Antonio C. Pignatari, Escola Paulista da Medicina, São Paulo, Brazil, discussed antibiotic resistance issues in developing countries. More than two thirds of the world's population lives in developing countries, where the contrast between wealth and poverty is extreme. Infectious diseases represent the main public health problem. Because of inadequate resources for surveillance, control, and treatment, antimicrobial-resistant infections have become a major problem with serious implications for the health system and the economy. The main problems with drug resistance are seen in the treatment of diarrheal diseases, sexually transmitted diseases, pneumococcal infections, tuberculosis, nosocomial infections, and malaria. Restrictive antimicrobial use policies (which are controversial) can be effective in the hospital but are difficult to implement in the community. In many areas, the availability of medical care is limited; thus, laws requiring a physician's prescription for antibiotics are difficult to enforce. Pharmacies provide an important service in dispensing medications, yet most developing country pharmacists have limited training. The use of antimicrobial drugs in food animals is also a problem in developing countries, and no controls are in place to address it. Control of antimicrobial resistance and emerging infections in developing countries cannot be achieved without addressing closely related social and economic issues.
Fred Tenover, CDC, addressed antibiotic resistance issues in the microbiology laboratory. Laboratorians must move from susceptibility testing to finding resistance. A common misconception is that new resistance mechanisms are easily identified because they result in high MICs and low zone sizes. However, many new resistance mechanisms lead to MICs close to the breakpoint for resistance. More sensitive screening tests are being introduced to detect resistance, but they cannot replace MICs; therefore, laboratory workload is increasing in an era of downsizing.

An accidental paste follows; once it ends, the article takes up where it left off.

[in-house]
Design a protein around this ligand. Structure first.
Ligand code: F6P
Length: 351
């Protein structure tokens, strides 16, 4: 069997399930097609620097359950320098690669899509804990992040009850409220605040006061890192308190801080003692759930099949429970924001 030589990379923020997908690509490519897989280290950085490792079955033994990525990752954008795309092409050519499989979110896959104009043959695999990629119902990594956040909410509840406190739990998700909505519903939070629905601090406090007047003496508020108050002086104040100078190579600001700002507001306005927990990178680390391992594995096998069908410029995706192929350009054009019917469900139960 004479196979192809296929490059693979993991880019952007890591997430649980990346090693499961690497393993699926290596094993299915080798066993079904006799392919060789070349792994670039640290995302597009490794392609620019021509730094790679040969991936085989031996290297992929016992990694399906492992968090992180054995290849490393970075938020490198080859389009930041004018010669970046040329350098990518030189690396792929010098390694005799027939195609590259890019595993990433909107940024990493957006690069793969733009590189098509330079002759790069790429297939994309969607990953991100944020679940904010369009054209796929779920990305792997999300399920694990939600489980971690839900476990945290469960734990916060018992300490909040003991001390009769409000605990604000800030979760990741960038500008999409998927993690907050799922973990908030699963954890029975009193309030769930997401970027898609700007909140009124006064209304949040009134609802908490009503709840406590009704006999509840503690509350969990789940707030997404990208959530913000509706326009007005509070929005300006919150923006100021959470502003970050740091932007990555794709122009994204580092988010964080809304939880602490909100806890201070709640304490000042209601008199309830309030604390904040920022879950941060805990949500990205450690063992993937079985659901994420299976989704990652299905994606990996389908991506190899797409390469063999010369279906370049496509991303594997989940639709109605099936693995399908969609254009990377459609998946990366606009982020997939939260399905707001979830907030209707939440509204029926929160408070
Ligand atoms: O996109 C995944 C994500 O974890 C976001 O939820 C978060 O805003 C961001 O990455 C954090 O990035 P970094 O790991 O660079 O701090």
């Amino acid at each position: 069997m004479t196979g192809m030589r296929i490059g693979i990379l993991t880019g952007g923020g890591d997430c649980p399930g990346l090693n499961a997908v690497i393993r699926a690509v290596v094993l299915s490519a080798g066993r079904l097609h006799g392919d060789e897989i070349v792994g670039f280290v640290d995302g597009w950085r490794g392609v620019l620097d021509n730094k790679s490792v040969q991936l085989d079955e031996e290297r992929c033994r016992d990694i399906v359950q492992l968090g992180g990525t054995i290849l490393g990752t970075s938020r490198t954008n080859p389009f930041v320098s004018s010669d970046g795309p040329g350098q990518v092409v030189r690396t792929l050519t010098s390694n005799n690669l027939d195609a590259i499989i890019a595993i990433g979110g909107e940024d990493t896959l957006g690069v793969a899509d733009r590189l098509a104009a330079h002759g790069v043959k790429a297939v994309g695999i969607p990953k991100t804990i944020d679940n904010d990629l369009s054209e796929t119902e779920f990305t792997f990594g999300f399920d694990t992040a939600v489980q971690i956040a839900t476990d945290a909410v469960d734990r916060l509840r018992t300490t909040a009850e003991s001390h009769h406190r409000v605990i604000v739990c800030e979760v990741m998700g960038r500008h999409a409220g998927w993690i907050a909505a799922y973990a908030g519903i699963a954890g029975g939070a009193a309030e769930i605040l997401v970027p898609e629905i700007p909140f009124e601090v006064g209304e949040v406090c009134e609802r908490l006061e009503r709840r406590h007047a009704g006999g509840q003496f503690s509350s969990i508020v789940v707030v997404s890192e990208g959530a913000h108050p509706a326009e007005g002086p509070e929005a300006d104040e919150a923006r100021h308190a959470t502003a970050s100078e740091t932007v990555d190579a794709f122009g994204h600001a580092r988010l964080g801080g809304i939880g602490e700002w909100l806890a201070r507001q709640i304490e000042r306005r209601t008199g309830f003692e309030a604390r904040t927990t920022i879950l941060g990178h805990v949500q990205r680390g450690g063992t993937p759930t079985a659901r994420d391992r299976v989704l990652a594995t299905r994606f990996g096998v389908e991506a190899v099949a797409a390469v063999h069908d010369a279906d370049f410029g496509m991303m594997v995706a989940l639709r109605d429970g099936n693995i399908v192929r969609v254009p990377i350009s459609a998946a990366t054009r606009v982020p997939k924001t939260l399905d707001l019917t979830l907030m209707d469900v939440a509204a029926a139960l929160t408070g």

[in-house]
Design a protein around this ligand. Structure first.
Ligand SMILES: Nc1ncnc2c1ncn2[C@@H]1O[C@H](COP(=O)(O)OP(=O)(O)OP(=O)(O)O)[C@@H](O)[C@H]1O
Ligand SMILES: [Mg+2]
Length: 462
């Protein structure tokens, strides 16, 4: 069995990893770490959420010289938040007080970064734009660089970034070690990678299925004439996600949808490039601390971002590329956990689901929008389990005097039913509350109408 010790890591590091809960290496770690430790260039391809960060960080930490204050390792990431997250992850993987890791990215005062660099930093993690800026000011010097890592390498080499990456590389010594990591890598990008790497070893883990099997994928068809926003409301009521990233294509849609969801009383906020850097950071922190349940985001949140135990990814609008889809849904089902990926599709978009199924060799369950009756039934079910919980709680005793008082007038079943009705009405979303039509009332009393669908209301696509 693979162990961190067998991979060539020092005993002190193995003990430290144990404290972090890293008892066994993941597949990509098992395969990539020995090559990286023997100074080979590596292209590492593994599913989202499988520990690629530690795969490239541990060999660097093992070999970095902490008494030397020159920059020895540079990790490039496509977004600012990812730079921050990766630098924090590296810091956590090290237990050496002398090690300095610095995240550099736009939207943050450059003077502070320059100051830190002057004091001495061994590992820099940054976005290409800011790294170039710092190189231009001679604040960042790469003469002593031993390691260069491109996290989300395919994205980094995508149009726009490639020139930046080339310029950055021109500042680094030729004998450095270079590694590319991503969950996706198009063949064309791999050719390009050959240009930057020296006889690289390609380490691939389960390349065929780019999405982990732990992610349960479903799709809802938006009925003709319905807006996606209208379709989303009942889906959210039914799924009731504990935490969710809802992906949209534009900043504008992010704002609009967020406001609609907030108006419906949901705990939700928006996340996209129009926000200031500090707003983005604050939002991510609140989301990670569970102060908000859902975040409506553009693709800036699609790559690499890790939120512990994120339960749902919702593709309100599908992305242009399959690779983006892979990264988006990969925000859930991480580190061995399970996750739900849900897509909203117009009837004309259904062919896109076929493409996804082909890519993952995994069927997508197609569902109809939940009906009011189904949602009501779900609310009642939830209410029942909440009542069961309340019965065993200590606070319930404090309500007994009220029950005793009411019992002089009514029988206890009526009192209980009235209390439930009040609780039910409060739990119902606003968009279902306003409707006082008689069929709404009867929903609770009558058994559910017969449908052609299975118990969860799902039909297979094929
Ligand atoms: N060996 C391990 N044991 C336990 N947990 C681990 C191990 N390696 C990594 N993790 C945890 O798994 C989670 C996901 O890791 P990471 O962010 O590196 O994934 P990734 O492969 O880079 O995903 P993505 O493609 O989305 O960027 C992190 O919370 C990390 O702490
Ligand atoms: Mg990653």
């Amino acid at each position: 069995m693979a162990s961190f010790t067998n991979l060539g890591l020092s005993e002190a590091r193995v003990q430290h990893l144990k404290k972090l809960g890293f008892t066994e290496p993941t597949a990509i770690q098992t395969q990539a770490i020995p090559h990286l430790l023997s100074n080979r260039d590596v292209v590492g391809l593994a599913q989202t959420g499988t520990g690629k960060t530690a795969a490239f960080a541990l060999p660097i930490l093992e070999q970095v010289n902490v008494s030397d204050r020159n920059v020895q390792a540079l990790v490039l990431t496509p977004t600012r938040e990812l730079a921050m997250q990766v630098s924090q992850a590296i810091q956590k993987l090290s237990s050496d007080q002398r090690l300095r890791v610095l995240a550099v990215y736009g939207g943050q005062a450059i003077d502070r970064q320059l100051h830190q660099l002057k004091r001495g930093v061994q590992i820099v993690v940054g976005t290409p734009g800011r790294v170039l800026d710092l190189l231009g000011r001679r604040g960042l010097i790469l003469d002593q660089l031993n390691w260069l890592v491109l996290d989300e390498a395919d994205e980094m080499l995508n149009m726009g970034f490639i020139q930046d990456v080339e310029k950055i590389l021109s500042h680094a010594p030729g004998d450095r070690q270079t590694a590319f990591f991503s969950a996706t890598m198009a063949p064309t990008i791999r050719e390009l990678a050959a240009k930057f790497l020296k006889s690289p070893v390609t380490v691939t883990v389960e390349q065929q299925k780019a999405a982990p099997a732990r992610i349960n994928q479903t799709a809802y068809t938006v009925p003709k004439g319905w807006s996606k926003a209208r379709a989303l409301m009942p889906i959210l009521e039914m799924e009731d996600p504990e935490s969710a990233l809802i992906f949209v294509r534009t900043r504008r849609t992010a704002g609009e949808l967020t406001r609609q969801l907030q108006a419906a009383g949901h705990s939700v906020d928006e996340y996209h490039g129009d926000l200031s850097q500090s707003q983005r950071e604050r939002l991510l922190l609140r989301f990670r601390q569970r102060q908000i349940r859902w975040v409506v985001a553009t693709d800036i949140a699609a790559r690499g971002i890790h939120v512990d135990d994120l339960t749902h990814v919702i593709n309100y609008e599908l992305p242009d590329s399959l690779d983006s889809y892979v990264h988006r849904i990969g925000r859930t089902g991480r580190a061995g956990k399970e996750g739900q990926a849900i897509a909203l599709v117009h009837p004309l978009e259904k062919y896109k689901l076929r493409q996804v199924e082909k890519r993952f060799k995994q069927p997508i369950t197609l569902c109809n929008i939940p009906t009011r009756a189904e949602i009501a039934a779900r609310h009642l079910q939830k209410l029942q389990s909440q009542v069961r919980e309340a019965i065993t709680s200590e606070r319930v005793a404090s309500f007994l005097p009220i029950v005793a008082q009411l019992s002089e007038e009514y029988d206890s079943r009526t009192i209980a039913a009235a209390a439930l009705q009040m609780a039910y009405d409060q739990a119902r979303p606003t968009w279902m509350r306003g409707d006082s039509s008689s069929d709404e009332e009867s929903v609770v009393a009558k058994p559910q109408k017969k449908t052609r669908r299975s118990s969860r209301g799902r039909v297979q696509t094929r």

Several "drug-bug" combinations are problematic and require new approaches. For detecting nonsusceptibility (intermediate or full resistance) of staphylococci to vancomycin, the traditional method of disk diffusion testing is not reliable. Acceptable methods include the Brain Heart Infusion vancomycin agar screening test developed for enterococci or broth microdilution tests held 24 hours. For pneumococci, testing for susceptibility to both penicillin and extended spectrum cephalosporins is important because resistance to these drugs is becoming more common. For invasive isolates where the need to detect resistance is urgent, the oxacillin screening test should not be used; MIC methods should be used directly. For gram-negative bacilli, traditional methods to detect resistance to extended spectrum beta-lactam drugs are inadequate, although the latest National Committee for Clinical Laboratory Standards guidelines present effective screening tests. Finally, sensitivity must be determined for clinically important isolates treated with fluoroquinolones, since selective pressure for resistance is increasing as a result of widespread use.